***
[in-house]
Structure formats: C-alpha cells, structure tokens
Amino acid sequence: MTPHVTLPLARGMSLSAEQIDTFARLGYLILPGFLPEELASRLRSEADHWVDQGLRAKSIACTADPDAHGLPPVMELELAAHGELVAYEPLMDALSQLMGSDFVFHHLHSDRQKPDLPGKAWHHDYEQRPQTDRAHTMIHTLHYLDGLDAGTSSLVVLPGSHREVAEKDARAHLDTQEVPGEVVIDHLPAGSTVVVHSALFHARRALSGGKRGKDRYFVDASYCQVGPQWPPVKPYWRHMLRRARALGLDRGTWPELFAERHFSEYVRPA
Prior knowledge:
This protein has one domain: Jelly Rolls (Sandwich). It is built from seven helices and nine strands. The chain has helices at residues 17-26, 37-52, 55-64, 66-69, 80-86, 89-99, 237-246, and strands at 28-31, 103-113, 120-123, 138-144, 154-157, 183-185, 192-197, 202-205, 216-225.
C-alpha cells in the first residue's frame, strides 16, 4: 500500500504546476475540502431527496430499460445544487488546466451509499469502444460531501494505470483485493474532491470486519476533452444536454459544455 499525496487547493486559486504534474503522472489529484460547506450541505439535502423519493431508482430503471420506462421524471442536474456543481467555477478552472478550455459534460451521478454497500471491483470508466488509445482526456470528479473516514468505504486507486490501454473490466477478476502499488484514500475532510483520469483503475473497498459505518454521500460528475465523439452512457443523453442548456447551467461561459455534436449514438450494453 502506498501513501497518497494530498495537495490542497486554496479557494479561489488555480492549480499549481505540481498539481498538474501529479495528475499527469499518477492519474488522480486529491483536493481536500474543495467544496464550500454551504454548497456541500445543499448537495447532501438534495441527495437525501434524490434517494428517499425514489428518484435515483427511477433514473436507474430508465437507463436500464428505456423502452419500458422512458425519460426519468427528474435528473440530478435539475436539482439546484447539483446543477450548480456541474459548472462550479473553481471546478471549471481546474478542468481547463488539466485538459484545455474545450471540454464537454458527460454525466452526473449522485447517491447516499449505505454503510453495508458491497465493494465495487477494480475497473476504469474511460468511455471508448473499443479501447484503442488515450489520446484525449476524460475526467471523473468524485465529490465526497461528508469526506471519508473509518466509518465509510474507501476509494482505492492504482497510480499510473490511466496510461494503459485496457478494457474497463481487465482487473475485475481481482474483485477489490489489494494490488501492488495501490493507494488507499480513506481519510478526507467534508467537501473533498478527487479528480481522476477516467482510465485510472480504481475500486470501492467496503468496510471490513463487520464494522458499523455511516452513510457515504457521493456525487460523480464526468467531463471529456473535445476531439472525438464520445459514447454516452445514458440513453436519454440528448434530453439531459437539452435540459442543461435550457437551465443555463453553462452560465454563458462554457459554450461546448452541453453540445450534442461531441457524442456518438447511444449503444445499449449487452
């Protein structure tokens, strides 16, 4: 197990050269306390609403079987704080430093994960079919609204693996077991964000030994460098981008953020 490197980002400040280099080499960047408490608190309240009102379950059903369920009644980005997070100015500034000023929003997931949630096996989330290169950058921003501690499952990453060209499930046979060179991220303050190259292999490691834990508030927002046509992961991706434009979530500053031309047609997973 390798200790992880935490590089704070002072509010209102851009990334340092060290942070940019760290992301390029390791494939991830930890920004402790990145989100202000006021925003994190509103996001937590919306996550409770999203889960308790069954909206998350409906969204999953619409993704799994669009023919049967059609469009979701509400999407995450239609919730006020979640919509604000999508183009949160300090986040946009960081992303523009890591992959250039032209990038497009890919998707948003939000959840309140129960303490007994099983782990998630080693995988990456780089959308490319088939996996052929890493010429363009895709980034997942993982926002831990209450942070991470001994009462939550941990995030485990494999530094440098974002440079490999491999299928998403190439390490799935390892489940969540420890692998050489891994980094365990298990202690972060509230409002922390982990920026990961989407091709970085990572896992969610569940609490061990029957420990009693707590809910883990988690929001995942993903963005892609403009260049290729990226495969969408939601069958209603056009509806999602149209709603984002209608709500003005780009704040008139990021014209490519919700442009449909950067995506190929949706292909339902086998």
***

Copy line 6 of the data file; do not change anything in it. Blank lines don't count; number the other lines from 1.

C-alpha cells in the first residue's frame, strides 16, 4: 500500500504546476475540502431527496430499460445544487488546466451509499469502444460531501494505470483485493474532491470486519476533452444536454459544455 499525496487547493486559486504534474503522472489529484460547506450541505439535502423519493431508482430503471420506462421524471442536474456543481467555477478552472478550455459534460451521478454497500471491483470508466488509445482526456470528479473516514468505504486507486490501454473490466477478476502499488484514500475532510483520469483503475473497498459505518454521500460528475465523439452512457443523453442548456447551467461561459455534436449514438450494453 502506498501513501497518497494530498495537495490542497486554496479557494479561489488555480492549480499549481505540481498539481498538474501529479495528475499527469499518477492519474488522480486529491483536493481536500474543495467544496464550500454551504454548497456541500445543499448537495447532501438534495441527495437525501434524490434517494428517499425514489428518484435515483427511477433514473436507474430508465437507463436500464428505456423502452419500458422512458425519460426519468427528474435528473440530478435539475436539482439546484447539483446543477450548480456541474459548472462550479473553481471546478471549471481546474478542468481547463488539466485538459484545455474545450471540454464537454458527460454525466452526473449522485447517491447516499449505505454503510453495508458491497465493494465495487477494480475497473476504469474511460468511455471508448473499443479501447484503442488515450489520446484525449476524460475526467471523473468524485465529490465526497461528508469526506471519508473509518466509518465509510474507501476509494482505492492504482497510480499510473490511466496510461494503459485496457478494457474497463481487465482487473475485475481481482474483485477489490489489494494490488501492488495501490493507494488507499480513506481519510478526507467534508467537501473533498478527487479528480481522476477516467482510465485510472480504481475500486470501492467496503468496510471490513463487520464494522458499523455511516452513510457515504457521493456525487460523480464526468467531463471529456473535445476531439472525438464520445459514447454516452445514458440513453436519454440528448434530453439531459437539452435540459442543461435550457437551465443555463453553462452560465454563458462554457459554450461546448452541453453540445450534442461531441457524442456518438447511444449503444445499449449487452